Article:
Metamorphosis

Sharon B. Long

I am a liberal. I believe in a comprehensive, government-funded social welfare network, national health insurance, more spending on foreign aid, and a reduced military budget. I am also a liberal Jew. I believe in a symbolic interpretation of the Bible and support women’s and marriage equality within Judaism.

My opinion of abortion first developed about a year after the Roe v. Wade Supreme Court decision legalized abortion nationwide. Based on the inaccurate information I received in my 10th grade health class, I decided that a fetus became a human being at about 12 weeks gestation, and therefore abortion on demand should be permitted before then. I could not understand why I saw “Abortion is Murder” bumper stickers, nor why another student wanted to start a pro-life group in my high school.

I began doing some volunteer work in a local veteran’s hospital and started thinking about what gave life meaning and purpose. Did I believe that the people under my care — those so mentally and physically debilitated and so dependent upon others — truly had lives worth living? Later, as I worked summers as a nurse’s aide in a nursing home, I continued debating these questions within myself.

While working at the nursing home, I read two books that have made the most impact on my life. One was In Necessity and Sorrow: Life and Death in an Abortion Hospital by Magda Denés, a psychologist who described what happened in an abortion clinic. She provided graphic depictions of aborted fetuses as well as interviews with the women who’d had abortions, most of whom felt forced to abort because of difficult circumstances. The other was Aborting America by Dr. Bernard N. Nathanson, an atheist gynecologist of Jewish heritage. He was the medical director of one of the first free-standing abortion centers in the country and had also been a leader in the abortion rights movement. He described in a very dispassionate and rational way how he had become pro-life through his study of fetal development and ultrasound. This made sense to me, and I continued to wonder where the line could be drawn in fetal development — when did a human life became a person? I also wondered when in the continuum of human life did a human being stop being a person?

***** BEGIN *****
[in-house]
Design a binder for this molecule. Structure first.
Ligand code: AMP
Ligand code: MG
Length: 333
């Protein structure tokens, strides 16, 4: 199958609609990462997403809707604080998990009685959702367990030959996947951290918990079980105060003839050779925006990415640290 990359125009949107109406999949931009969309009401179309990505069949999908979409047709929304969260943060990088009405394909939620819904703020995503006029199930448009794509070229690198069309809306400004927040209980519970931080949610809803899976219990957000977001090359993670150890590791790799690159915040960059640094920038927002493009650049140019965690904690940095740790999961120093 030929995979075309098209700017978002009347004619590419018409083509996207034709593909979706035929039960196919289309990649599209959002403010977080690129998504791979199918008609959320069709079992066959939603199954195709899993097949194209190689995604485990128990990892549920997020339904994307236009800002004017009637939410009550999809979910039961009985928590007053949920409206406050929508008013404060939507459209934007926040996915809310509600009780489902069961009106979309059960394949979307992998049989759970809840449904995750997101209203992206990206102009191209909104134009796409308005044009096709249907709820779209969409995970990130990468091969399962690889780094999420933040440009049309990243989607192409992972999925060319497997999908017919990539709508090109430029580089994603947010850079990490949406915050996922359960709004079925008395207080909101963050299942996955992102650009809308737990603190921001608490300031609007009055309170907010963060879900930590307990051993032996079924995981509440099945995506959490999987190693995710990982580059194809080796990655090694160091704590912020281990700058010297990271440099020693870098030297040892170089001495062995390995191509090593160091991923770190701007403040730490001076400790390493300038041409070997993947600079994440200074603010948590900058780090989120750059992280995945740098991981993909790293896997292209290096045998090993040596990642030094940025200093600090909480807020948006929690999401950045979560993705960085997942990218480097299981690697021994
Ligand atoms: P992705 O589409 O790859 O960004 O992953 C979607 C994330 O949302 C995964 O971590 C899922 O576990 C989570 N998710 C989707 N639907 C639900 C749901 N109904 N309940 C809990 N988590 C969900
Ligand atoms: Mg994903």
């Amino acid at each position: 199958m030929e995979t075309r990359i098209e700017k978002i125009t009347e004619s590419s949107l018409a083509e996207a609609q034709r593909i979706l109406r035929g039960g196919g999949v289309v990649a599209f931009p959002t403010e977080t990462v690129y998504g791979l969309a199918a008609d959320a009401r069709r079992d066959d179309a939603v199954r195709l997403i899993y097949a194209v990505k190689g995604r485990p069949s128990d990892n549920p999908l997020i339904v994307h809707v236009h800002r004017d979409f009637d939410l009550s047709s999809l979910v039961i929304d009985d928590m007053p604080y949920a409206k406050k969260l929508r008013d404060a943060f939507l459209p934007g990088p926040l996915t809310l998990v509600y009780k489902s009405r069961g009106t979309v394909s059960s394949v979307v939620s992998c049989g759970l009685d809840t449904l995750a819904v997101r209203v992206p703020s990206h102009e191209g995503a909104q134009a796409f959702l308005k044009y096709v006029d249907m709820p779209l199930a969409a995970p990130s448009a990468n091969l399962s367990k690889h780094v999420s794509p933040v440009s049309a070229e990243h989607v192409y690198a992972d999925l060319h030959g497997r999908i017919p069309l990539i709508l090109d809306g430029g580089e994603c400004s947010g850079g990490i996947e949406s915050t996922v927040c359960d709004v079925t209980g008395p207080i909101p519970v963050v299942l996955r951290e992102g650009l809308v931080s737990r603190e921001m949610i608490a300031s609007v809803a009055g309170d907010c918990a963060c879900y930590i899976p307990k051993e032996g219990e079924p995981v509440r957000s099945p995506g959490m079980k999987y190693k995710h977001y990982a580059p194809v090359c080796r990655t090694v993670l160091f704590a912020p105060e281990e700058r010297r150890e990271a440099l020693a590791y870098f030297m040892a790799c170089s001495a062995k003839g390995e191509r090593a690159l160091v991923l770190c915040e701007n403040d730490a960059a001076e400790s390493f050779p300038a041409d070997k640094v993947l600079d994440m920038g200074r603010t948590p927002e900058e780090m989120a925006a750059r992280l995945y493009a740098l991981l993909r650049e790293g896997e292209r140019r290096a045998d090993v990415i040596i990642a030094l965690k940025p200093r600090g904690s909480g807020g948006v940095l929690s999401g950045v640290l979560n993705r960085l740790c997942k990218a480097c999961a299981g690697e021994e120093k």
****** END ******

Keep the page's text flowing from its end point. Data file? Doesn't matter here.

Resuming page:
I knew instinctively that the lives of my nursing home patients had meaning and purpose. Regardless of how “useless” they might appear to be in the eyes of society or even in their own eyes, my patients were of infinite value and worth. They were sacred by virtue of being human.

I asked myself, if I believed in personhood at the end of life, then, logically speaking, what should my belief be as to the value of the fetus?

The answer was clear. If life that was debilitated and dependent at the end of life was sacred, then human life at its beginning must also be sacred. A fetus, too, had to be a person, regardless of the value conferred upon it by others.

I became a reluctant pro-lifer.

I could hardly believe it myself. I was liberal and hip. I went to a feminist women’s college. How could I not believe that a woman had a right to control her own body under all circumstances? How could I not believe that the right to control one’s own body was the right on which all other rights were based, as I was told over and over? How could I be so politically incorrect?

I called the National Right to Life Committee and said that I was a liberal but I was pro-life — was there anything out there for me? The person on the other end of the line chuckled as she referred me to Feminists for Life.

FFL sent me pamphlets that blew me away, especially those by Rosemary Bottcher and Elise Rose that explained how abortion continues women’s oppression in society and does nothing but maintain the status quo. Rather than meeting the real needs of women and children, society offers abortion. I asked myself, “Where has Feminists for Life been all my life?”

Soon, I made the right-to-life movement and pro-life feminism the center of my life. I became involved with many pro-life organizations, some progressive, some not. I wrote and spoke about pro-life feminism. I traveled all over the country attending conferences. I joined the executive board of Feminists for Life. I volunteered at crisis pregnancy centers. I contributed thousands of dollars and hours to the pro-life movement. Most of my close friends were pro-life. I bored my family by talking about it so much.

Though I often felt culturally alone in pro-life circles — sometimes very painfully so — I have found in general that pro-lifers are more tolerant of progressives than progressives are of pro-lifers.

I knew all along that pro-lifers’ only real enemies were the economy and the culture. If we enable women to have real choices, choices that do not pit their survival against the survival of their children, very few would choose abortions. If we work with others who are interested in human and economic rights issues, and especially with those who wish to empower women and poor people, we may have a chance.

Ultimately, the root cause of abortion is alienation, which sociologists define as powerlessness. After close to thirty years in the pro-life movement, I have spiritually come full circle, reuniting with my progressive community. We need to realize FFL’s mission. The way to limit abortion is to provide social and economic support to enable women to have children. I believe that nothing else will be truly effective. By joining with those who disagree with us, to empower women and to achieve a more just society, we will liberate not only pregnant women but ourselves as well.

 


 

Sharon Long served as secretary of the board of Feminists for Life. She is a psychiatric nurse and lives in New York.